Now I realize most of you would ask where the time for the children to be children is, and some days I find myself wondering the same.  But most days, I watch them interact, even while working, and they find just as many ways and opportunities to tease and taunt each other (as siblings and cousins should do, right?!), make toys our of sticks and cans, get scrapped up after chasing each other round and round town, and dance to any and every beat they hear or make.  If we look back at when our grandparents and great grandparents were kiddos, I bet their amount of time for ‘play’ was pretty similar, because it comes with the life of farming for a living.  Perhaps ‘time for being a kid’ in the way we tend to think about it in the States is a luxury of development.  Perhaps its cultural.  I think only time will tell. 

   What I can say I know now is that any Malian child past the age of 4 is a greater asset to any community or family here than I am at 26 years of age with a Master’s Degree.  Ouch.  All is well though because I think this will make me a better mother when I choose to embark upon that chapter of my life.  Other people may not approve of my child being tied to my back or to letting them explore their own limits that might seem scary to others, but I know they can do a whole heck of a lot more than I ever realized on their own.  There will still be limits to my ‘madness’, i.e. the whole “here 3 year old child, take this knife and cut up those sweet potatoes for me while I go pull some water from the well” or “sure you can play in the still extraordinarily hot ashes and coal from my cooking” won’t go over well with me.  I find myself continually highly nervous when these episodes come about and I think for good reason, since just yesterday little 5 year old Douda came over to show me his half burned off toe.  The difference, I find, lies in the strength of the community here and their ability to look out for one another.  Some days I am walking through village and I run into a small pack of 3 year old girls running around enjoying their home all alone.  They aren’t in any real danger, but its something I certainly had to get used to – no mom, no dad, no babysitter watching.  Eventually I came to realize someone, maybe not as close by as I would like, but always someone, had an eye on those kids even if none of them were theirs.  In Mali, I get to experience just how a whole village really can raise a child, and a highly capable one at that!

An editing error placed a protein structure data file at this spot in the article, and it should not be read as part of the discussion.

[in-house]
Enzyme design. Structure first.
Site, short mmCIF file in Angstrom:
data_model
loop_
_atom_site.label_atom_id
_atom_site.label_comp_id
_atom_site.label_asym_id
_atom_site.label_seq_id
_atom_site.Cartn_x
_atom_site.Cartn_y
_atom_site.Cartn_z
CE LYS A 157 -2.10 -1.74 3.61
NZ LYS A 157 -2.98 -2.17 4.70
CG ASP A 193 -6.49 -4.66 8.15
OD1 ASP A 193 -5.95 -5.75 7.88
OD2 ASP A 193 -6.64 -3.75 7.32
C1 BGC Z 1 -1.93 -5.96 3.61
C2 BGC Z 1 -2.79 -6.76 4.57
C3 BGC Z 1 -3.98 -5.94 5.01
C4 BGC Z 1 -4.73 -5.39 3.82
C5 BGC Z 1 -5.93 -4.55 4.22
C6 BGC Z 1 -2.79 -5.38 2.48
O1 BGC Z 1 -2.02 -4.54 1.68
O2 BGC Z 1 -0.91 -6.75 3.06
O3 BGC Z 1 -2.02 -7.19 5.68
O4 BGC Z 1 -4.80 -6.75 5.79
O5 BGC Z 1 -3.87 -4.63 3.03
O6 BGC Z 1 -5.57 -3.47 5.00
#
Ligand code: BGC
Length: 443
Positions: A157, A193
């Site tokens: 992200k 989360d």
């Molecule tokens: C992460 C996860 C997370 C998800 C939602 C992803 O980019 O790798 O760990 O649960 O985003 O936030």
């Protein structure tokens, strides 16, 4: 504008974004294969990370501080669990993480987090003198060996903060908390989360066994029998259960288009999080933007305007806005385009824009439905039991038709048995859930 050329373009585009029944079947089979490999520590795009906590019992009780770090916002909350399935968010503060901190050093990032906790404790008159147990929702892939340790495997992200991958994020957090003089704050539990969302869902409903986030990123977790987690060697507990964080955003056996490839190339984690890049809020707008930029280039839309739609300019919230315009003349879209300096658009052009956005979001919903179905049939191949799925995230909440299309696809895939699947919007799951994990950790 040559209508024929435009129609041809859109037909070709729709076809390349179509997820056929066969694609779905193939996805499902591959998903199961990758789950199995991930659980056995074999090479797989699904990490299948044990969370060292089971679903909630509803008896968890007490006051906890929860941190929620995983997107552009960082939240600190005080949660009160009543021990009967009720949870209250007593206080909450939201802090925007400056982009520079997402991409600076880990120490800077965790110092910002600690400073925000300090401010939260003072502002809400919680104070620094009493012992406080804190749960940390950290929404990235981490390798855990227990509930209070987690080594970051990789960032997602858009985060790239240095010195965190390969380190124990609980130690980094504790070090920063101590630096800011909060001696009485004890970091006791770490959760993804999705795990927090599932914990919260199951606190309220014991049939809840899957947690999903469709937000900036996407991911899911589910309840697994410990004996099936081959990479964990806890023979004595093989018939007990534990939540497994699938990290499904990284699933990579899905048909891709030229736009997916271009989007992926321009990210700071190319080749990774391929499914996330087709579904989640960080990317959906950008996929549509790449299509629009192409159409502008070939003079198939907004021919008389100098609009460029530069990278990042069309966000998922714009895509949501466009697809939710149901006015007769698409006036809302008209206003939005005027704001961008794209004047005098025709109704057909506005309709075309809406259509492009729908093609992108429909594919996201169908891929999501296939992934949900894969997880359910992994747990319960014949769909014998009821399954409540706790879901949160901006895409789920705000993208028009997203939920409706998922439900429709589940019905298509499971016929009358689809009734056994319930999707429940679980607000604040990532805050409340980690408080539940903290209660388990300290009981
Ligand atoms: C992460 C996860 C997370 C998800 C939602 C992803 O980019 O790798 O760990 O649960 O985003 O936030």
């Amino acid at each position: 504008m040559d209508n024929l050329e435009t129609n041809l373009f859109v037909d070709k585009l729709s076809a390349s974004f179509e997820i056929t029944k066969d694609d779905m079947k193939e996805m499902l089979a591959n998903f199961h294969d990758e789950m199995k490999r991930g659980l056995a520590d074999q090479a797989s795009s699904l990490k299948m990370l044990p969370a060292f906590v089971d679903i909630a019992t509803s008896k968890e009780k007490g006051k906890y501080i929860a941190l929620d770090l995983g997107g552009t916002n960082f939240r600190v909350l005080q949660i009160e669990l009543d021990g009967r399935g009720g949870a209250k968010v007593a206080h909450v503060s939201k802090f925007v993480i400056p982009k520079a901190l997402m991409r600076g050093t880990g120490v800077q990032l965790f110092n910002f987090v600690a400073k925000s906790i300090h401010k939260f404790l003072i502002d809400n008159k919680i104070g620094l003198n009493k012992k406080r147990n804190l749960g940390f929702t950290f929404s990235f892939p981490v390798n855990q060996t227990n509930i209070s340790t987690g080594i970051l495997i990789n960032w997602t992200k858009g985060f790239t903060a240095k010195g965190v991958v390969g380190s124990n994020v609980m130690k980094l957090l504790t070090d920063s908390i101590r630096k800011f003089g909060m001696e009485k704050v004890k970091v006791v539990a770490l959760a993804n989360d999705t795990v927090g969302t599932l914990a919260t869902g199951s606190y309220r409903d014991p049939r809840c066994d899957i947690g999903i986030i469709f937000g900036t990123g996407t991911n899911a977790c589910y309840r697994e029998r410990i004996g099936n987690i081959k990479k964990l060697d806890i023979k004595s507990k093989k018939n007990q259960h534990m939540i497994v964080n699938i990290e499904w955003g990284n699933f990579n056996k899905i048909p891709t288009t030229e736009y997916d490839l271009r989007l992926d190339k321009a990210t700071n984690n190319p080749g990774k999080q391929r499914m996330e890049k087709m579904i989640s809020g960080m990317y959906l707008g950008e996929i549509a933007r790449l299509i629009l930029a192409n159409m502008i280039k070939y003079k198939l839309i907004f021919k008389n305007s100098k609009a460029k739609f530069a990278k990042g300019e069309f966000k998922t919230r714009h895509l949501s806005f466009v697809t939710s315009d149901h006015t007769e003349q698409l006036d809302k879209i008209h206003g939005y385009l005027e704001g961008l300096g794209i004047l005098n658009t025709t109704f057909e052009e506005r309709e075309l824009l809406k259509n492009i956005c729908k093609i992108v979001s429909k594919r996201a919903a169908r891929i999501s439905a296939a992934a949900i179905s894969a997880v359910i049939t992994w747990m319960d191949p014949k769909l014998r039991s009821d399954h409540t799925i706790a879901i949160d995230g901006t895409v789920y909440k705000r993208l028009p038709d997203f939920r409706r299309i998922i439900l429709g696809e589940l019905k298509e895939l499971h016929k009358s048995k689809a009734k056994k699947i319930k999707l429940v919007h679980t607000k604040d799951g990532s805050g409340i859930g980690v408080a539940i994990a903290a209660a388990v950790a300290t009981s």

Saturday, October 29, 2011

14 months…50 books!

After promising numerous people numerous times that I would post a list of all the books I have read since arriving in Mali, I am finally doing it!  I figure, why not wait til the number is pretty impressive right?!  I also think that after giving myself some time to digest them all I am able to provide a pretty solid Top 10 List.  I’ll start with that and then move on from there in Alphabetical order by Author’s last name, here we go:

  1. Middlesex – J. Eugenides
  2. Kafka on the Shore – H. Murakami
  3. The Fountainhead – A. Rand
  4. East of Eden – J. Steinbeck
  5. Anil’s Ghost – M. Ondaatje
  6. Love in the Time of Cholera – G. Marquez
  7. Island – A. Huxley
  8. The Autobiography of Malcolm X – as told to A. Haley
  9. Everything is Illuminated – J.S. Foer
  10. The Kite Runner – K. Housseni
  11. Islam – K. Armstrong
  12. Sense and Sensibility – J. Austen
  13. When the Rainbow Goddess Wept – C. Brainard*
  14. Wuthering Heights – E. Bronte
  15. Palestine, Peace not Apartheid – J. Carter*
  16. A Plato and Platypus Walk Into a Bar – T. Cathart & D. Klein
  17. What Looks Like Crazy on an Ordinary Day – P. Cleage
  18. The Valkeries – P. Coehlo
  19. The Brief Wonderous Life of Oscar Wao – J. Diaz
  20. Drown – J. Diaz
  21. The Count of Monte Cristo – A. Dumas
  22. The Rules of Attraction – B.E. Ellis
  23. Nine Hills to Nambonkaha – S. Erdman
  24. The Corrections – J. Franzen*
  25. The Twenty-Seventh City – J. Franzen
  26. Dove – R.L. Graham
  27. Beneath the Wheel – H. Hesse
  28. Jonah’s Gourd Vine – Z.N. Hurston
  29. Brave New World – A. Huxley
  30. The Liar’s Club – M. Karr*
  31. Strength in What Remains – T. Kidder
  32. The Poisonwood Bible – B. Kingsolver
  33. The Girl Who Played with Fire – S. Larrson
  34. The Girl with the Dragon Tattoo – S. Larrson
  35. Big Machine – V. Lavalle*
  36. Wicked – G. Maguire
  37. ‘Tis – F. McCourt
  38. The English Patient – M. Ondaatje*
  39. Cry the Beloved Country – A. Paton
  40. The Tenth Circle – J. Picoult
  41. My Ishmael – D. Quinn
  42. Story of B – D. Quinn*
  43. Fieldnotes on Democracy, Listening to Grasshoppers – A. Roy*
  44. The Reader – B. Schlink
  45. The Grapes of Wrath – J. Steinbeck
  46. The Help – K. Stockett*
  47. Anna Karenina – L. Tolstoy
  48. The War of the Worlds – H. G. Wells
  49. Eureka Street – R. Wilson
  50. Native Son – R. Wright*

My two least favorites I would have to say were Anna Karenina and The Grapes of Wrath, sorry, I thought they were both terribly boring.  I have put a (*) mark next to the books that would be included in a top 20!  Hope you enjoy :)